Kick returns and punt returns might not look at that different on TV - the fast guy catches the ball and runs straight at the other team until he gets tackled or scores, right? Many of the blocking principles once the kick is away are the same, true, but the punt return squad has to be just as effective "blitzing" the punter as well as blocking the other ten players to do their jobs well. Throw in the NFL record holder for punt return touchdowns into the mix, and Joe DeCamillis has every chance to keep the Bears special teams special.
A team is going to send a few of their players after the punter almost every time. You never know when the ball will end up on the turf instead of in the air, and sometimes those blocks actually work. It's not a good idea to go all-out after the punter, however - while there's a small chance an all-out block attempt will succeed, there's a much larger chance that the return man will be destroyed by the other team. As it is, you'll generally see DeCamillis call something like this first play, a blend of downfield blocking and punt-blocking:
The punt returner is going to work towards the left sideline on this one, so the three Cowboys on the left of the line are going to block the three Eagle players opposite them as they move down the field. Meanwhile, the other side of the line is either going to block the kick or at least stack up players at the line of scrimmage to keep them away from the return. No block on this one, but both ends of the line did succeed in setting up for a good return:
You can see both the wall of blockers on the left and the mess of players on the right. Both of these outcomes play into DeCamillis' hand - by occupying four Eagles at the line, the rest of the Cowboys were able to create a well-defined lane to the left sideline. Below, see Dwayne Harris about to receive the ball. Notice how those initial blocks on the left have opened up a whole side of the field.
With the blocking in place, all Harris has to do is hit the gas and hope for the best. His one lead blocker is there to take care of the first Eagle to arrive on the scene, and then it's off to the races.
While this one angle looks promising, it was not to be. The Eagle stepping over the 40 above is able to slip inside the Cowboy's block and get just enough of a hand on Harris' leg to stop the return. Successful or no, plays like this show how DeCamillis will work the field for Hester - block some guys, distract others, and hope that Hester can take care of the rest.
Sometimes, it's often better for a team to play more for the block than for the return. The Cowboys found themselves in two situations like this later in the game. In this first one, the Dallas D had stopped the Eagles eight yards shy of midfield, meaning it would take an perfect punt for the Eagles to net over fifty on the play. Perfect time to go after a block, or so DeCamillis thought:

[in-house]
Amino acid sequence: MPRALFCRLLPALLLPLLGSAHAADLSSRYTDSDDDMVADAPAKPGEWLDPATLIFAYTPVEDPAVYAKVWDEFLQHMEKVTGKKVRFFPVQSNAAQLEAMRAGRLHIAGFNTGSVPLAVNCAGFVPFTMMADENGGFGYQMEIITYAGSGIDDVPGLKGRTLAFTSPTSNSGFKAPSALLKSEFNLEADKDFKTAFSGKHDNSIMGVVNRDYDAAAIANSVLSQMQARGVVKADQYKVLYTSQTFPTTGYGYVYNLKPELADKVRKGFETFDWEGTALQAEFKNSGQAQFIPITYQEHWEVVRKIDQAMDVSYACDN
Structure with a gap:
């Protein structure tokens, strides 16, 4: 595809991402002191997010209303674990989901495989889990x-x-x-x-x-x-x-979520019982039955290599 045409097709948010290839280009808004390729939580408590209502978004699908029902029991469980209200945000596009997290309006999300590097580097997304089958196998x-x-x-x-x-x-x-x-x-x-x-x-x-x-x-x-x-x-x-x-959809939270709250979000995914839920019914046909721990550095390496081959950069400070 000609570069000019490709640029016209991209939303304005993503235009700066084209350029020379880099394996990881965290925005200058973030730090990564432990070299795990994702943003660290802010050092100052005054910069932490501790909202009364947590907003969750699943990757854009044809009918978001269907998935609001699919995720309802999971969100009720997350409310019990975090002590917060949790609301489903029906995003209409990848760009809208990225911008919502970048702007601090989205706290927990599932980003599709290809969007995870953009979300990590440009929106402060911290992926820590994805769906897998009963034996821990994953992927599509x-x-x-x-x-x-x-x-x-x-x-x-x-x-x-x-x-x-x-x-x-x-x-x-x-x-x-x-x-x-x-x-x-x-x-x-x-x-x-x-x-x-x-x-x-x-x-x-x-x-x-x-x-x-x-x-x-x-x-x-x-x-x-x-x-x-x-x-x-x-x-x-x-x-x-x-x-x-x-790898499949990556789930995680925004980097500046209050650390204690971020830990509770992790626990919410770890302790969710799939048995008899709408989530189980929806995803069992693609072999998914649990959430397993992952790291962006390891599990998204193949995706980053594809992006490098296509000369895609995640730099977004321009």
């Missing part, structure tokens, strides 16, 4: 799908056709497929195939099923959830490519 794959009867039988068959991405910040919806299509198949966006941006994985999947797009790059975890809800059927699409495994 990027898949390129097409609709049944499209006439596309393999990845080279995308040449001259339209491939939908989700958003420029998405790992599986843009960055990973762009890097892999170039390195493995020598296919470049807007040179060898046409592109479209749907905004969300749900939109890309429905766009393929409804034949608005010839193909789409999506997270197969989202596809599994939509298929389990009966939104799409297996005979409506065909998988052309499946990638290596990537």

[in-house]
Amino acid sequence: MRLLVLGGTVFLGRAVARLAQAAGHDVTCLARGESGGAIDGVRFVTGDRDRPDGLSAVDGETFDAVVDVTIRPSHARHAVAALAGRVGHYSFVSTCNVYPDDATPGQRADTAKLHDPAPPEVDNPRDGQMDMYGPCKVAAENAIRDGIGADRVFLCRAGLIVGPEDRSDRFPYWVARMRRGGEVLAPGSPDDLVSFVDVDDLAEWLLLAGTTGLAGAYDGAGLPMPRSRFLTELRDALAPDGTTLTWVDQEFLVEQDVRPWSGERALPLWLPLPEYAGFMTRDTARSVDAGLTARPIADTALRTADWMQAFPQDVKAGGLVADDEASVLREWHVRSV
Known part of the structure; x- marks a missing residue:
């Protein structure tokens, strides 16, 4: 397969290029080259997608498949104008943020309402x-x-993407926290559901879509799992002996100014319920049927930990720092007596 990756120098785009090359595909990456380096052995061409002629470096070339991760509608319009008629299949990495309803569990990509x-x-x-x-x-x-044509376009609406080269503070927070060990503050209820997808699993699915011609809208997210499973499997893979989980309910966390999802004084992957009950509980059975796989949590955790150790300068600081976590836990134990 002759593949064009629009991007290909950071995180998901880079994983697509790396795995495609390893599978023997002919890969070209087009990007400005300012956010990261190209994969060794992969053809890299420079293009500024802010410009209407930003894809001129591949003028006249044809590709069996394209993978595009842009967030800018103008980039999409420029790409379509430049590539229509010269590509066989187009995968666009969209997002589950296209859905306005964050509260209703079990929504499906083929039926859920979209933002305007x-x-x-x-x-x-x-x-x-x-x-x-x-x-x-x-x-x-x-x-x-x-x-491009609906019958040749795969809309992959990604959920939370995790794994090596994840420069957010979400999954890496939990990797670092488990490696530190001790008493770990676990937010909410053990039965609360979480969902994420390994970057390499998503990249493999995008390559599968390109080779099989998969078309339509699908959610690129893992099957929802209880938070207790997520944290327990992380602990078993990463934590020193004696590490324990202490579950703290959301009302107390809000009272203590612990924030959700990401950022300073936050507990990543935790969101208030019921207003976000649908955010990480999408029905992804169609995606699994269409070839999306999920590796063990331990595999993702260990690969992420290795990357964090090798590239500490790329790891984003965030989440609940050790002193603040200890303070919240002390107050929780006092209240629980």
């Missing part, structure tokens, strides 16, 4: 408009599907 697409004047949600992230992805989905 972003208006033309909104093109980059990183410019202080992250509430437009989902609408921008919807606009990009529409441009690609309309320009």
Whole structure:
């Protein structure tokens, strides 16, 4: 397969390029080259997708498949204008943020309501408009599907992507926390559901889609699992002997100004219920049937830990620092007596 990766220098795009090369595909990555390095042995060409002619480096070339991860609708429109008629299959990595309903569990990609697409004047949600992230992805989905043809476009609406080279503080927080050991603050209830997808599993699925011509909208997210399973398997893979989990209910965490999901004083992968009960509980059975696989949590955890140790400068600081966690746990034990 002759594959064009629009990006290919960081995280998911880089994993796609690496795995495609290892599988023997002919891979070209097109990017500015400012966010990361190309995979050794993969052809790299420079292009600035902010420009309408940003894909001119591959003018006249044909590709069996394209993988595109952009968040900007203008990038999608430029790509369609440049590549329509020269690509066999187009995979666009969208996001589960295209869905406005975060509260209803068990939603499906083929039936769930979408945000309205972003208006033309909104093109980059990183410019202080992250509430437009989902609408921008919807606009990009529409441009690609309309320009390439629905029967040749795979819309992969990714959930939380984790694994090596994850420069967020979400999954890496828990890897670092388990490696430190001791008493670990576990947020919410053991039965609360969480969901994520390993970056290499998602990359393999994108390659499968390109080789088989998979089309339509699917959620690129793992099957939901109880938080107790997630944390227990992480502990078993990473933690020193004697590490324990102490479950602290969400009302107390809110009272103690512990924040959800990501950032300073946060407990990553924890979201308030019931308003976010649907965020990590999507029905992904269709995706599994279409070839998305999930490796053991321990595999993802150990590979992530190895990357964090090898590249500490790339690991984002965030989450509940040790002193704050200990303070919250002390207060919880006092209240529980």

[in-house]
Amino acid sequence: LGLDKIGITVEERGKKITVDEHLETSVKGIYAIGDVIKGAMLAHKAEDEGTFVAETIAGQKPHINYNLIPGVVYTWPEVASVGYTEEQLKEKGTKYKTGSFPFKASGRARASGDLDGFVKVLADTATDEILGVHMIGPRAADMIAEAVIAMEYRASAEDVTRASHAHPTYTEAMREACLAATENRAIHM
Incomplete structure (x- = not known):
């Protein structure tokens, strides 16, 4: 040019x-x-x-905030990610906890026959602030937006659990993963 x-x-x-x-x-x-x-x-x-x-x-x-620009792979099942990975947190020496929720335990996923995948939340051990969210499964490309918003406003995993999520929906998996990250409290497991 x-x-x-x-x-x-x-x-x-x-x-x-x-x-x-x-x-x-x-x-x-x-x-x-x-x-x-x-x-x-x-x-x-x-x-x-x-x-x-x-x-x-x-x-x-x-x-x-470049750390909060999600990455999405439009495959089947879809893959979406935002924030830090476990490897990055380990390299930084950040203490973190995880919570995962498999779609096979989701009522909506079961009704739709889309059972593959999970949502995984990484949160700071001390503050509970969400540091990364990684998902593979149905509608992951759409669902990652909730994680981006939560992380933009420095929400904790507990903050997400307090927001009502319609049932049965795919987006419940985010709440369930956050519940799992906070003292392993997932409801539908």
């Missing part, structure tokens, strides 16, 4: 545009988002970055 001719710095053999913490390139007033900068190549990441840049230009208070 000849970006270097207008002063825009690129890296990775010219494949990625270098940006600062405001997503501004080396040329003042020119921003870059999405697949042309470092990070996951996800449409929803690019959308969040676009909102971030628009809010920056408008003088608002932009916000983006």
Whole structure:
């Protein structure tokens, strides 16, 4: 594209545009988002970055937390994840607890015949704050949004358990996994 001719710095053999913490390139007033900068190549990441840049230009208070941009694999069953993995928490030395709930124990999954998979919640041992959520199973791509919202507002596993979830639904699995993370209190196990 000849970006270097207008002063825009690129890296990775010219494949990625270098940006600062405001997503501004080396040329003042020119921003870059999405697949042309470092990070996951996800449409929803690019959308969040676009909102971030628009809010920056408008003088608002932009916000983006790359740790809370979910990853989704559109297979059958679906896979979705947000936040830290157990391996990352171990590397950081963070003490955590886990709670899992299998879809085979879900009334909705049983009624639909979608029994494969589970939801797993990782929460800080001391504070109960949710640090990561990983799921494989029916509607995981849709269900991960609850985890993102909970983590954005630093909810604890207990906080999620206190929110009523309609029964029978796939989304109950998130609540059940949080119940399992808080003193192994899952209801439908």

Just like a blitz on defense, the punt block is rooted in deception. Here, the Cowboys motioned in a player to first feint a rush to the punter's right before motioning over to the opposite side. The look at the snap was something like this:
Again, think of it as a blitz. The Cowboys have overloaded the area around the long snapper and left guard with three attackers, meaning someone should be able to skate through untouched. While the move by #25 on the Cowboys was nothing but a bluff, the Eagles' blocking was confused enough that #70 was able to get tantalizingly close to the punter before the kick got away:
Even though the block never materialized, DeCamillis' read of the situation was correct. The kick ended up with a little too much under it - a result of the pressure, perhaps - and sailed over the head of Dwayne Harris on the ten. Unlike Hester, Harris made the wise decision of getting the twenty free "return yards" by letting this one bounce into the end zone. The flight of the ball is in orange:
DeCamillis would be wise to teach Hester this lesson, as there is something to be said for never fielding a punt inside the ten.
There are times that call for an all-out block, like when there are under ten seconds in the half and the opposing team is backed up deep in their own territory. Here's how that play looks:
DeCamillis attacked this punt formation in two ways. Again drawing on blitz principles, the Cowboys started by showing an overload to the punter's left. This overload is going to draw the personal protector away from the right wing of the formation, which is what DeCamillis wants. He's hoping to create two one-on-one matchups for the two edge rushers to the punter's right. You can see that the Cowboys deception got the better of the Eagles:
The two men coming around the right edge of the formation have a decent enough shot at the ball, as does the push coming straight up the middle. Again, the Eagles were able to slow them down just enough to get the punt away, but the Cowboys' #54 had a good shot at it:
So that's the punt return game as DeCamillis drew it up in Dallas. Will he be as aggressive going after the block with a more deadly return man? Depends on just how deadly Hester (or his replacement) proves to be. Punt-blocking is a low-percentage affair, but so are punt return touchdowns. If you want to judge how much faith DeCamillis has in Hester, watch to see how much he goes after the punter. If the Bears dedicate their efforts to blocking the punt, they're saying they don't think Hester is going to get it done. If the Bears make only token attempts to get after the punter, however, they've cast their lots with Hester. Either way, if DeCamillis can get Hester to stop fielding punts inside the five, I'll be happy.